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St. Jude Medical (STJ) Faces Boon-or-Bust Verdict on Heart-Plug Studies


10/24/2012 8:06:50 AM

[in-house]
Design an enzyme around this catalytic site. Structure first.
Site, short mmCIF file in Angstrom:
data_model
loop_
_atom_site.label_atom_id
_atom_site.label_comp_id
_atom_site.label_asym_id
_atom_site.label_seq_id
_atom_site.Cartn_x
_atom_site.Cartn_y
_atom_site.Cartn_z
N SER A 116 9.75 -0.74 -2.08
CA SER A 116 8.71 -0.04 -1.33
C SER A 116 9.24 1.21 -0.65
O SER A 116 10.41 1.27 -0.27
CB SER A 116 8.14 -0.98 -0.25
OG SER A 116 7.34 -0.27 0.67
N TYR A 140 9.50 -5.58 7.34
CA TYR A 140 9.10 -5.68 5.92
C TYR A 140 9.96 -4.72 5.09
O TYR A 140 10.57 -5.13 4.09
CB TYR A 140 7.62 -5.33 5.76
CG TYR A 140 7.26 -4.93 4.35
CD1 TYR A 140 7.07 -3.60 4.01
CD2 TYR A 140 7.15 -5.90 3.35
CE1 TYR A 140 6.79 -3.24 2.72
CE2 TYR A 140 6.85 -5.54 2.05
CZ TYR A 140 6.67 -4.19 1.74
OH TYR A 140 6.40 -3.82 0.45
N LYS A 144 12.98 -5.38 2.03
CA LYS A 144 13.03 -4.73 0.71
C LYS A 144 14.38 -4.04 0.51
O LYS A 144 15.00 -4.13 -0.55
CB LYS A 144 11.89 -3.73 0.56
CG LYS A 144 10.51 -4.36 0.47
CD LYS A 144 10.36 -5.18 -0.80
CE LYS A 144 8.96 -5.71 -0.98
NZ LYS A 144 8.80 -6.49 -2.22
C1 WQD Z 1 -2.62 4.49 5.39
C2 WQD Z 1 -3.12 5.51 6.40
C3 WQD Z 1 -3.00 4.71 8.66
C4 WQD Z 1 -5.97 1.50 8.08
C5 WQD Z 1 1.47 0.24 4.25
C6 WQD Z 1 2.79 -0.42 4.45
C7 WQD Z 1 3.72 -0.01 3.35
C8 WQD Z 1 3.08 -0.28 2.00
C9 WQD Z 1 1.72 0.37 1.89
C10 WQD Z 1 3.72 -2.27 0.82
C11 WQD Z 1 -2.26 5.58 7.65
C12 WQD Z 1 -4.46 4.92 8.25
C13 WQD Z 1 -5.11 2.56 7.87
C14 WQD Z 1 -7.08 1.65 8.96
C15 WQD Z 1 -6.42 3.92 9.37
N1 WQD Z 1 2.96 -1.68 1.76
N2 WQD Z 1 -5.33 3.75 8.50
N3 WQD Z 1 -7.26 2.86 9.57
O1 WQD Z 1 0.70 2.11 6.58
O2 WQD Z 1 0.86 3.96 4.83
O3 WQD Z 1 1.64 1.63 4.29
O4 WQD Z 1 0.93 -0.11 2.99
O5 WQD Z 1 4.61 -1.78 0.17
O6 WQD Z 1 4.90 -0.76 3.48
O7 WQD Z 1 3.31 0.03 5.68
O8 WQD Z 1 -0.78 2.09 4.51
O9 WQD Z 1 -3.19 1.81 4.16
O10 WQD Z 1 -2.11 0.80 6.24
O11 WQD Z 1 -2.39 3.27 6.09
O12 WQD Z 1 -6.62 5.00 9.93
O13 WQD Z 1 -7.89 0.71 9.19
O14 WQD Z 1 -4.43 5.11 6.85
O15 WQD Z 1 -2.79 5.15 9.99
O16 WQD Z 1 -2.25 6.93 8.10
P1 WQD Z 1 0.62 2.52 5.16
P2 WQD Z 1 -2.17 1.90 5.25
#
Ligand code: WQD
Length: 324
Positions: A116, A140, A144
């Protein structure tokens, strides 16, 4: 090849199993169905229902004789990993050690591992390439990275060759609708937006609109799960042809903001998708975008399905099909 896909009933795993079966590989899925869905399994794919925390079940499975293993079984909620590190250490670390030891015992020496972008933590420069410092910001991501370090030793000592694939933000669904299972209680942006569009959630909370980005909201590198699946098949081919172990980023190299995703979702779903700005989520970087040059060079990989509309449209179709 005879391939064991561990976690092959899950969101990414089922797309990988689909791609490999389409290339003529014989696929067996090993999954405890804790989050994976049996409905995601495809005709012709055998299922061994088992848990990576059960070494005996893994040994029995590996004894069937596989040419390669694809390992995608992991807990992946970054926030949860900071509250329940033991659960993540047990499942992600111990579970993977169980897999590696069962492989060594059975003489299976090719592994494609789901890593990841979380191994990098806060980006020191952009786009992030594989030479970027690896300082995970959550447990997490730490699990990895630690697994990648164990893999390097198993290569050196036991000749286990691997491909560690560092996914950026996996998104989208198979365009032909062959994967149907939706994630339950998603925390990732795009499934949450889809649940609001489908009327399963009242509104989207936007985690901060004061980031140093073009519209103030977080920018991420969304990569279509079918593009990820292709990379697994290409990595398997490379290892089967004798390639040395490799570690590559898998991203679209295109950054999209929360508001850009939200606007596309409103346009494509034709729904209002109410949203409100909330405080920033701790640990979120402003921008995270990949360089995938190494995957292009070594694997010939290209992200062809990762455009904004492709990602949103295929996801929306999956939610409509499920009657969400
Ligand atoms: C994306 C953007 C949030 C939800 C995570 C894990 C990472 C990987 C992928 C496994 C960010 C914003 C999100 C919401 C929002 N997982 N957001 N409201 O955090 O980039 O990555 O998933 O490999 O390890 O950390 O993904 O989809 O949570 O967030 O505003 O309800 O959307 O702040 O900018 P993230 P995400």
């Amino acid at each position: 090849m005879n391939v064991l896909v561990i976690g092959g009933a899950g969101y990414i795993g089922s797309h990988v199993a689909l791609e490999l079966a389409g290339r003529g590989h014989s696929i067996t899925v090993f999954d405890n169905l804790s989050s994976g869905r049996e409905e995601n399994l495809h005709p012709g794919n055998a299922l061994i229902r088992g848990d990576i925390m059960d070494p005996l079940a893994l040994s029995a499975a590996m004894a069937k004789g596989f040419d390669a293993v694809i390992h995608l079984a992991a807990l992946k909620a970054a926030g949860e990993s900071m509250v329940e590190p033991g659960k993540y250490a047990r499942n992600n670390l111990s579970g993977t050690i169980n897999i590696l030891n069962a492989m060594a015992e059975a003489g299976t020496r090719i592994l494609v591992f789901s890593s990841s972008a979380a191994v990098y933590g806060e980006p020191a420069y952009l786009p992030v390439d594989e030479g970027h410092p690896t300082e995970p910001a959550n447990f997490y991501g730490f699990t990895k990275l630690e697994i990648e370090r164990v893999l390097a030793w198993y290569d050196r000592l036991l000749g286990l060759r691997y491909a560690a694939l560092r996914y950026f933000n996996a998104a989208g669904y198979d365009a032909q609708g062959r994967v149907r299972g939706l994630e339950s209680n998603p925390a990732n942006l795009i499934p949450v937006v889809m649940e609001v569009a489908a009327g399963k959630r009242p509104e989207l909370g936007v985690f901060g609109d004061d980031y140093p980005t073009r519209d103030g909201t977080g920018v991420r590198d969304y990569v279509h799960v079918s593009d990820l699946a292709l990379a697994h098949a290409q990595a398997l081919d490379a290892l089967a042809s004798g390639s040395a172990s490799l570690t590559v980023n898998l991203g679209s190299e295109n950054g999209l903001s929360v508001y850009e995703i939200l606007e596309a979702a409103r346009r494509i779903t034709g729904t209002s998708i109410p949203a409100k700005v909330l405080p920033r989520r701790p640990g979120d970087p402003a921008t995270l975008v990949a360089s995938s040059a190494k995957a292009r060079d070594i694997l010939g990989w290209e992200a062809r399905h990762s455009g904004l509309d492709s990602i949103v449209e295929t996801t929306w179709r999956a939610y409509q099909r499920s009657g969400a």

For two decades, doctors have used a dime-sized plug made by St. Jude Medical Inc. to close holes found in the hearts of stroke victims in a surgery that’s based largely on a medical theory. This week, they’ll learn if the hypothesis holds up. New data from two studies testing whether the surgery stops repeat strokes could either cripple sales for the device made by St. Paul, Minnesota-based St. Jude, or send revenue surging. The $20,000 procedure is done in about 9,000 patients a year. One in five adults are born with the hole, a flap-like opening between the heart’s upper chambers that’s largely symptomless. When found after a stroke, though, some doctors quickly close it under the theory that dangerous blood clots may migrate through the opening and into the brain. In 2010, that thought was challenged by a controversial study that opened a rift among doctors. The newest data, set to be revealed at a medical meeting, has taken from 9 to 12 years to gather. With positive data “everyone in the world will be looking for patients” to do the surgery in, said Gregg Stone, director of cardiovascular research at New York-Presbyterian Hospital/Columbia University Medical Center for Interventional Vascular Therapy. Negative results “will truly challenge” using the procedure “in any patient.”

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